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Re: Performance implications of Bundling and Minification on HTTP/1.1

From: Roy T. Fielding <fielding@gbiv.com>
Date: Fri, 22 Jun 2012 17:10:43 -0700
Message-Id: <0E6EADDD-374D-4F1E-B608-E64D9B3929B1@gbiv.com>
Cc: Henrik Frystyk Nielsen <henrikn@microsoft.com>, HTTP Working Group <ietf-http-wg@w3.org>, Howard Dierking <howard@microsoft.com>
To: Mike Belshe <mike@belshe.com>
HTTP predates gzip and cookies. The notion that such a choice had anything to do with optional features is just silly. It is optional because it barely even worked in practice until 1999 and certainly wasn't feasible as a default until a few years after that as CPU capability increased.

....Roy


On Jun 22, 2012, at 3:55 PM, Mike Belshe <mike@belshe.com> wrote:

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> On Fri, Jun 22, 2012 at 10:18 AM, Henrik Frystyk Nielsen <henrikn@microsoft.com> wrote:
> We just published a blog [1] analyzing the performance implications of content optimizations such as bundling and minification on the performance of web pages. The data shows that by applying bundling and minification along with compression and pipelining it is possible to get significant gains in the time it takes to get the content necessary to render a page as well as the overall time it takes to download the data.
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> Not only does optimizing the content save bytes but it also has savings in the number of requests and responses that need to be processed as well as faster render times due to being able to retrieve the HTML, CSS, and JS up front. In the test evaluated, the speedup was from 638 ms (uncompressed, unbundled, unminified, and not pipelined) down to 146 ms for the equivalent compressed, bundled, minified, and pipelined content. However, by just looking at the data necessary to lay out the page (HTML, CSS, and JS but not images), the time went from 631 ms to 126 ms with the images being finalized within the remaining timespan from 126 to 146 ms.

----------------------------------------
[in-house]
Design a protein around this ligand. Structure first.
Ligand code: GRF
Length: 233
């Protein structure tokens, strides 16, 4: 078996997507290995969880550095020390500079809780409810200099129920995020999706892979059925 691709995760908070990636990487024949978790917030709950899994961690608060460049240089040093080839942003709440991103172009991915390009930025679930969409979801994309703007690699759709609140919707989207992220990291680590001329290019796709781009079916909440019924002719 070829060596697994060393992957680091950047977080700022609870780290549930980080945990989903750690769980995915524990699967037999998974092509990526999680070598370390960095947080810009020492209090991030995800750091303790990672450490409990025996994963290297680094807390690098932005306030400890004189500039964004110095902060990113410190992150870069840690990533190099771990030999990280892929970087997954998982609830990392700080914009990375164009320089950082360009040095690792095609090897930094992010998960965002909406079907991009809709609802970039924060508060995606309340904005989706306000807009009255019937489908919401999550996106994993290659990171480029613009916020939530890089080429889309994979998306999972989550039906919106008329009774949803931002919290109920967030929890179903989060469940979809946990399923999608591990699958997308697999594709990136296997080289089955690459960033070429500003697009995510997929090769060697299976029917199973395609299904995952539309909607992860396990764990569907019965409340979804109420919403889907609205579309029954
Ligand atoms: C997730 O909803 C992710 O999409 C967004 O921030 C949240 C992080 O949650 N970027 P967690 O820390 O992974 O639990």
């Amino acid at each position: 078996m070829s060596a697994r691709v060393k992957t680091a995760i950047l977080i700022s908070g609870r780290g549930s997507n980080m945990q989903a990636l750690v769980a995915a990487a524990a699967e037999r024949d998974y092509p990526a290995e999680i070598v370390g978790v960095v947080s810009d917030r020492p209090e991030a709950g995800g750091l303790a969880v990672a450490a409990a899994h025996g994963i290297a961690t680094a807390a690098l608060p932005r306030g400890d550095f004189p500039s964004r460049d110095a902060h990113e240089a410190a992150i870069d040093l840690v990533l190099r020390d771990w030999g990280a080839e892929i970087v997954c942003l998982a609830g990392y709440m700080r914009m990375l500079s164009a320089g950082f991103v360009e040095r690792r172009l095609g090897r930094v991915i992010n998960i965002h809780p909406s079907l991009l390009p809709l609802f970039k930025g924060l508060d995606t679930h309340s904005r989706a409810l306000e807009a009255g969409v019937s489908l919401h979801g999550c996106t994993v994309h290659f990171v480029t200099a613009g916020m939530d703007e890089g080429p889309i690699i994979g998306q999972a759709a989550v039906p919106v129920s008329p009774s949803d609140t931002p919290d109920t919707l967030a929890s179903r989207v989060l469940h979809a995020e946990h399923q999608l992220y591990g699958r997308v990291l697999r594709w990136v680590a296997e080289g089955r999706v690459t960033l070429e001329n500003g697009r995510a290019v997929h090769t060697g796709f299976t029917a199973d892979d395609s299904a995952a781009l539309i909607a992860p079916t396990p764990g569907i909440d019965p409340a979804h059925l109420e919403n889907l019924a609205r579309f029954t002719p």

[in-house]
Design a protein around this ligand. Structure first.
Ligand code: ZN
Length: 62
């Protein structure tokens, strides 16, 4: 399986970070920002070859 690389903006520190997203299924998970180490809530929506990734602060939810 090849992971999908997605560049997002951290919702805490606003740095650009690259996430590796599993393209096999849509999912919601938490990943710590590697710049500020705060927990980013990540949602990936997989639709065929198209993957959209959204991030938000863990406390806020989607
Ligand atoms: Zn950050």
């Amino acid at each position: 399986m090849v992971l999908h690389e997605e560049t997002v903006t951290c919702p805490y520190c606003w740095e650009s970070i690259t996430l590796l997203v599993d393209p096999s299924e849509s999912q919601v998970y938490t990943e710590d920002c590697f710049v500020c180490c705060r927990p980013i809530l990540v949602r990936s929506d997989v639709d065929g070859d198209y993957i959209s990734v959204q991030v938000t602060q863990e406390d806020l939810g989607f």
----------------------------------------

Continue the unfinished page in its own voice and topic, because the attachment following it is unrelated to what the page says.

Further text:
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> It is the hope that this data can contribute to providing a baseline for evaluating HTTP/2.0 proposals compared to how an efficient HTTP/1.x implementation can perform while leverage optimizations throughout the stack to provide better user experience.
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> Thanks, Henrik.
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> One point this article proves to me is just why protocol features must be mandatory.  I hope HTTP/2.0 learns from this data.
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> To illustrate - look at how important gzip was in the performance measured here.  If we consider the maximum benefit in all of these test cases (reduced PLT from 638 to 146ms) - 93% of that benefit is accomplished with gzip alone (no pipelines, no bundles, no minification, no spdy, nothing!).
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> This is why so many protocol writers are adamantly against optional features.   If gzip were mandatory in HTTP/1.1, 93% of the benefit of this test would be achieved for everyone today.  Instead, enabled by optional compression, we know from other research** that ~1/3 of all compressable resources lack compression, and over SSL about half of compressable resources lack compression.  We'd be able to stop testing the uncompressed case for sure!
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> An interesting test would be to measure if pipelining, bundling, and minification without gzip can outperform gzip alone.  (spoiler alert - nope! :-)
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> Mike
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> ** https://developers.google.com/speed/articles/web-metrics
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> Comments welcome!
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> Thanks,
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> Henrik
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> [1] http://blogs.msdn.com/b/henrikn/archive/2012/06/17/performance-implications-of-bundling-and-minification-on-http.aspx
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Received on Saturday, 23 June 2012 00:13:32 GMT

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